A Medical Students Resource Guide

Applying to, progressing through, and completing medical school can be some of the most challenging undertakings a student will experience in their academic career. Each phase of medical school offers its own challenges, which are further made unique depending on the school attended and program chosen. Nevertheless, many of the same strategies for success can be implemented to effectively navigate medical school. Planning, preparation, and organization are the root of excellence in medical school. The responsible management of time and stress, as well as a willingness to play to learning-style strengths, also contribute to a smooth road toward matriculation.

The sheer volume of materials that students are responsible for while in medical school can be intimating. Lecture notes, large texts, and lab materials all combine to provide a challenge to personal organization. Yet organization is critical to success in this environment. Regularly clearing desks and organizing books, papers, and other studying materials has the effect of calming the mind. It also makes finding items and completing tasks easier.

The demands of medical school leave no time for procrastination. Setting an essay, project, or another deadline-driven work aside for a later time can have a disastrous effect on students' grades. For example, "cramming" for exams may not be sufficient preparation for exams in medical school because of the volume of the information that is expected to be retained and analyzed. It can be advantageous for students to create plans that help them allot specific time during the day, week, and month to study. Planning like this can also help create a personal system that will gel with a particular learning style. Procrastination can be completely avoided by making schedules and breaking up complex tasks into smaller, more manageable parts. Ironically, taking frequent and brief breaks during work sessions has the surprising effect of helping students finish tasks faster.

The ability to concentrate for long periods and an impressive memory are important characteristics of a successful medical student. Students in the medical field, however, can experience difficulty mastering these two attributes because they find themselves being pulled in many directions at once. Meditation or other grounding exercises may help students function better in tense medical environments and also stay mindful while completing routine tasks. Memory games on cell phones can exercise the muscles necessary to retain information in books. Learning the art of active listening during class can significantly reduce the amount of time needed for outside studying.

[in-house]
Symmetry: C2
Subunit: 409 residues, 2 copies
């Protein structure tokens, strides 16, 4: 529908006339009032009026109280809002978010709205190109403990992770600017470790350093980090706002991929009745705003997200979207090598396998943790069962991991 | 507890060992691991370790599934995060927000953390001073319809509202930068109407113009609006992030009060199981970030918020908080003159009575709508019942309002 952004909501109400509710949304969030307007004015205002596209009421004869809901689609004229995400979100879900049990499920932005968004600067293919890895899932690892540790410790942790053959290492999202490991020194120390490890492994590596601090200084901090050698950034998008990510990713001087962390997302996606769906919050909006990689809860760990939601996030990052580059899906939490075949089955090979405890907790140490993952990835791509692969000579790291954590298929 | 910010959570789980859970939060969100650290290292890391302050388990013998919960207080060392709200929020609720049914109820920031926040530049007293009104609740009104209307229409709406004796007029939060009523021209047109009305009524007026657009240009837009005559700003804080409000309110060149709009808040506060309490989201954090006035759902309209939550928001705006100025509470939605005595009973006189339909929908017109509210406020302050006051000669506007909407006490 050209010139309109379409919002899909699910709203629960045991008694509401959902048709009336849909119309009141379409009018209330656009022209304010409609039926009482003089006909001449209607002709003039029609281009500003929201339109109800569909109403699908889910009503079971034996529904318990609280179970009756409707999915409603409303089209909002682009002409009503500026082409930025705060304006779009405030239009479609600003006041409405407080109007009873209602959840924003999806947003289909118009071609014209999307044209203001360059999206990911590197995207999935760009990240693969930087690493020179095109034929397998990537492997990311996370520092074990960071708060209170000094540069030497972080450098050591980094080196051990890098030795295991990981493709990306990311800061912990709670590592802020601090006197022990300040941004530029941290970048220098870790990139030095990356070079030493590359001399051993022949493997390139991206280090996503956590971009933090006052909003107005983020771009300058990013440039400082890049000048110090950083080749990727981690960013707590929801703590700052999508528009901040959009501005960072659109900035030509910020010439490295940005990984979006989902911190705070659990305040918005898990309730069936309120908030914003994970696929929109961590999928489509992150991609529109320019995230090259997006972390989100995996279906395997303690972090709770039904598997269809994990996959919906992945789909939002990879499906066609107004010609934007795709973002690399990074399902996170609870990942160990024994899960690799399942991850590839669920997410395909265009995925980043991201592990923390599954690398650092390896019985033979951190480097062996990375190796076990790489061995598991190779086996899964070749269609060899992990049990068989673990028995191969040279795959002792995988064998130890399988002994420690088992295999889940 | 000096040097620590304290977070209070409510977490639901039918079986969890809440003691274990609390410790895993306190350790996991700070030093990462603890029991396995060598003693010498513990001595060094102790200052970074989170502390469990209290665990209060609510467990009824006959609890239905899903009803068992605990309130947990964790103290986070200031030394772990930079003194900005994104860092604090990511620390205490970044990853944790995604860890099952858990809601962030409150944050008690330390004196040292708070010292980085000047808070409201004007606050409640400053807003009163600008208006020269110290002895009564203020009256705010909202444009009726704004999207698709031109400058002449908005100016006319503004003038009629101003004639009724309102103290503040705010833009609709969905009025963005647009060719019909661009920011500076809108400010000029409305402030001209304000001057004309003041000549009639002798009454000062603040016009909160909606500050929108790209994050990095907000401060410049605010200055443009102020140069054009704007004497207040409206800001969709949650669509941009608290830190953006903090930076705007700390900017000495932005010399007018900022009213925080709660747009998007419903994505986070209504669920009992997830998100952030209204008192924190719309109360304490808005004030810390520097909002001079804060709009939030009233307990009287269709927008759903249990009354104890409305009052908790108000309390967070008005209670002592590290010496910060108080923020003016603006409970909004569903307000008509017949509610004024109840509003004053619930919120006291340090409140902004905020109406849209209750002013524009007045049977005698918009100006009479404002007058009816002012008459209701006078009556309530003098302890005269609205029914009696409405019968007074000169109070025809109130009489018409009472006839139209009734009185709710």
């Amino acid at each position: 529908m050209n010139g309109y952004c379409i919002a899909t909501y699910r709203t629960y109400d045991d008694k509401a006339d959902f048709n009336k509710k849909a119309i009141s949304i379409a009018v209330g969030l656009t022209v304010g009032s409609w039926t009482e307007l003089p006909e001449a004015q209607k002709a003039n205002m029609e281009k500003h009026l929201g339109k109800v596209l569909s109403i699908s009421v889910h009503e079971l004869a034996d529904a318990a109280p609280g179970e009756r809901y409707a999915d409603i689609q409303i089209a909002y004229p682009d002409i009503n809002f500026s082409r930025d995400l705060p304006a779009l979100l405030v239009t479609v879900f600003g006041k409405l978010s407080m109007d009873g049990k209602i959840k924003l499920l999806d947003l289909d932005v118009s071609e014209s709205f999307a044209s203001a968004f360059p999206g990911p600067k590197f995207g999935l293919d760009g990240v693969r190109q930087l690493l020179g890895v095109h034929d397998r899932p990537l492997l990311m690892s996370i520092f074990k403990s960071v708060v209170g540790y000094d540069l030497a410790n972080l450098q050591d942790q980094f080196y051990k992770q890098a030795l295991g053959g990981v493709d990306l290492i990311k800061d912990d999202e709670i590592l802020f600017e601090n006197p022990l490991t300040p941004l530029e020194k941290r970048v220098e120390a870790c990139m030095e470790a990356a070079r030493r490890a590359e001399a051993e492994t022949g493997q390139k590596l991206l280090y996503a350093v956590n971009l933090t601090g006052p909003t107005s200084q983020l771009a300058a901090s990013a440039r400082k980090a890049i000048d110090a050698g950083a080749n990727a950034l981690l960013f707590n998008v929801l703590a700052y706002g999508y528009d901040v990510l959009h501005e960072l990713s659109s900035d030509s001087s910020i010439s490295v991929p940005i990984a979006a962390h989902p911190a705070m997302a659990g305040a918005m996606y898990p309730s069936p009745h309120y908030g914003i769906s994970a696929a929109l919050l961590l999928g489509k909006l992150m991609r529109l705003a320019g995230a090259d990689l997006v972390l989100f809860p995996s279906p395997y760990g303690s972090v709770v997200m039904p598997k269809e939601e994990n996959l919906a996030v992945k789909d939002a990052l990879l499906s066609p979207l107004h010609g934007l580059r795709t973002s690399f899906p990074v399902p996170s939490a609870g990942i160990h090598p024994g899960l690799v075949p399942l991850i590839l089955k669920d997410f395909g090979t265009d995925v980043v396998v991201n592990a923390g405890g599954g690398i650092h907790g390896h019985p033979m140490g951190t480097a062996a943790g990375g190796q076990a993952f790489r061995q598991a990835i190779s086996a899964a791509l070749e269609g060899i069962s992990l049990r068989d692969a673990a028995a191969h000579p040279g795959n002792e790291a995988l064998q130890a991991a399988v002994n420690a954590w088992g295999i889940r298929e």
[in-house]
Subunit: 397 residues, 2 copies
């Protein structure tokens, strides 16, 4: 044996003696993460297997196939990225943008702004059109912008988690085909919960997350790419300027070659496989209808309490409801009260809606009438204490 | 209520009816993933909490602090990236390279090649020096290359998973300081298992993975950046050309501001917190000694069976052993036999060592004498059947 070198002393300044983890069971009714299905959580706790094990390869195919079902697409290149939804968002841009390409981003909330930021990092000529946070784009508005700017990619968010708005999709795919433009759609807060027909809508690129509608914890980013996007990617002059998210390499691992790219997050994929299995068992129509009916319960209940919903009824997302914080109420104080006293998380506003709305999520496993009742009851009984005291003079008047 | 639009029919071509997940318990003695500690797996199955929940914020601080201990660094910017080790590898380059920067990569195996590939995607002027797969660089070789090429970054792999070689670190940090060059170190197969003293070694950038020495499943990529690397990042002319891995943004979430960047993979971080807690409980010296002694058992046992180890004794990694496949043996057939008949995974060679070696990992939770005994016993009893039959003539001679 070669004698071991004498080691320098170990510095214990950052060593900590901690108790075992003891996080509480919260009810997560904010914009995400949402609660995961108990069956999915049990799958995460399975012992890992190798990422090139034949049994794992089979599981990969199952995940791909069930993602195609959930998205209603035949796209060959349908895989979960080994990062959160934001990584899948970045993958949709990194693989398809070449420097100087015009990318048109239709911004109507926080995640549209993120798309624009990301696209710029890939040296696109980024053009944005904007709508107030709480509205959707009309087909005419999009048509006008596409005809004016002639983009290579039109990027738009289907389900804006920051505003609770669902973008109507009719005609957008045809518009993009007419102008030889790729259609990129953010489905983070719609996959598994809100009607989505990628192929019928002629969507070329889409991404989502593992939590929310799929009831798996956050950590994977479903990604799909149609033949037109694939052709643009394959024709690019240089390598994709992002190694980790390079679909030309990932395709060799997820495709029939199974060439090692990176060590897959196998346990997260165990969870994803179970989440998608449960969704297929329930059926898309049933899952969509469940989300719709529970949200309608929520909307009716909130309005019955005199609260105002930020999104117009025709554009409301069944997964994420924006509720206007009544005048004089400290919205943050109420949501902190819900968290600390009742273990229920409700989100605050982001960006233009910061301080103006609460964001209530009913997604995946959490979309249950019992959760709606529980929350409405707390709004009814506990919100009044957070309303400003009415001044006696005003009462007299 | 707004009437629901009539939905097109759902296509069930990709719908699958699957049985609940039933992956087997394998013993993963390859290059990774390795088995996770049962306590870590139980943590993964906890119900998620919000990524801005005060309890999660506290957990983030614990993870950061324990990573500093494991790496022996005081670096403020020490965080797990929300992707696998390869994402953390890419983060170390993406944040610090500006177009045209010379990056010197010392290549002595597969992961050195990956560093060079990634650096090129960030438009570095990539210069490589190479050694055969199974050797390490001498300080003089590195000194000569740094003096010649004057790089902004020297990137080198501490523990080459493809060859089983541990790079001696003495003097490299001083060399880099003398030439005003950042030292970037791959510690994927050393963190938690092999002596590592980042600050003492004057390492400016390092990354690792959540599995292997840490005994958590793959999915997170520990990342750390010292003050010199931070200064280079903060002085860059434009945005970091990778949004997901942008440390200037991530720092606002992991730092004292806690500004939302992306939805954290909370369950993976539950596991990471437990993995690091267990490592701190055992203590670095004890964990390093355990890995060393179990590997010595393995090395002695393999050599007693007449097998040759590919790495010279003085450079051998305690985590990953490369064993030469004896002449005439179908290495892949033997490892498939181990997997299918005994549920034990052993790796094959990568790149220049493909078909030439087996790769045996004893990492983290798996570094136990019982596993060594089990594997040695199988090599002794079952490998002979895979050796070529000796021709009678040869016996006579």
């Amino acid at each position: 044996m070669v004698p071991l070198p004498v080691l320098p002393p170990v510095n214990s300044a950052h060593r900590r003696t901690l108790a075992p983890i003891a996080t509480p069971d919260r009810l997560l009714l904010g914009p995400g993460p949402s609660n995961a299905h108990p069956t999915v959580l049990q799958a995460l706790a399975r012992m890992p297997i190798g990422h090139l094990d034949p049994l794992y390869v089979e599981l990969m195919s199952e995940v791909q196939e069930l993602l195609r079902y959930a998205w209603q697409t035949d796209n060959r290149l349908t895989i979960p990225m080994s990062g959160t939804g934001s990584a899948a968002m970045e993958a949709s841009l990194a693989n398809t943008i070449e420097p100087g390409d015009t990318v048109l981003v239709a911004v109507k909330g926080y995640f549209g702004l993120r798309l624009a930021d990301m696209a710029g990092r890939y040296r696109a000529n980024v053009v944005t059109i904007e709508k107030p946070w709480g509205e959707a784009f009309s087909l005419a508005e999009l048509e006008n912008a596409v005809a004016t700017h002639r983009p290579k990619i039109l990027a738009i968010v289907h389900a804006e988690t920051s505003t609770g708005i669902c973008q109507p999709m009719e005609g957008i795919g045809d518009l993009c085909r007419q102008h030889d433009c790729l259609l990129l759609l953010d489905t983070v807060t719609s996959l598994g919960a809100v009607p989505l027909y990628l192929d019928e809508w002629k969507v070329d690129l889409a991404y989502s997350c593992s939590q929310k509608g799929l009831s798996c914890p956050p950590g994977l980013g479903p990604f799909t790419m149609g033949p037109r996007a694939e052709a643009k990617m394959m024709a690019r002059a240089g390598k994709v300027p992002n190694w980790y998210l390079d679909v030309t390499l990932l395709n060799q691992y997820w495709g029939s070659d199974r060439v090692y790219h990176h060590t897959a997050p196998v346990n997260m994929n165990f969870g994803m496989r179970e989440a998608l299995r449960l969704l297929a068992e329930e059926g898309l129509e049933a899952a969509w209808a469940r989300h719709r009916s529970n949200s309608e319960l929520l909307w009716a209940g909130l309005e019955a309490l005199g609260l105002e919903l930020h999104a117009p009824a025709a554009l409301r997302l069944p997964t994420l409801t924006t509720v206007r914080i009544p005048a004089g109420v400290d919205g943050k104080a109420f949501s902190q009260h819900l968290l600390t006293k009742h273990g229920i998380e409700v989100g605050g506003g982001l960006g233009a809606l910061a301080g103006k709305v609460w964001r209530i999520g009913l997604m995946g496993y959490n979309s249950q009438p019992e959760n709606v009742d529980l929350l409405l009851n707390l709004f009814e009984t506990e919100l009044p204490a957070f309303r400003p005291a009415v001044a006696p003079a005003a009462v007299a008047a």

Some students find that participating in study groups helps them assimilate information more easily than independent study. Group think-tanks like these can be conducted online or in person at libraries with dedicated collaborative spaces. A benefit of study groups is that they require collaboration and aid students to actively reach class goals. The social aspect of study groups also relieves students of much of the isolation associated with reading and notating dense texts alone.

Mounting responsibilities, a need for good marks, and the fast pace of medical school often cause stress in students. Waiting to address causes of stress can have negative effects on health and schoolwork. Getting enough sleep and eating nutritious foods can calm nerves and support concentration efforts. Experimenting with study schedules so that schoolwork takes place during the most relaxing part of the day can also alleviate pressure.

It goes without saying that making the most of a medical school education involves careful personal planning, preparation, and management efforts. Good habits in these areas start when students are still undergrads and readying themselves for the medical school application process but should follow students into their graduate school of choice. Since the rigors of medical school can be far removed from the undergraduate experience, some institutions offer their own tips for success within their respective programs. Students would be wise to check their medical school's website for more information about study resources specific to their program and institution.

Visit the following links for more information about successful studying habits in medical school:

This resource page is provided by Dr. Bruce Fagel for your information. Nothing on this site should be taken as legal advice for any individual case or situation.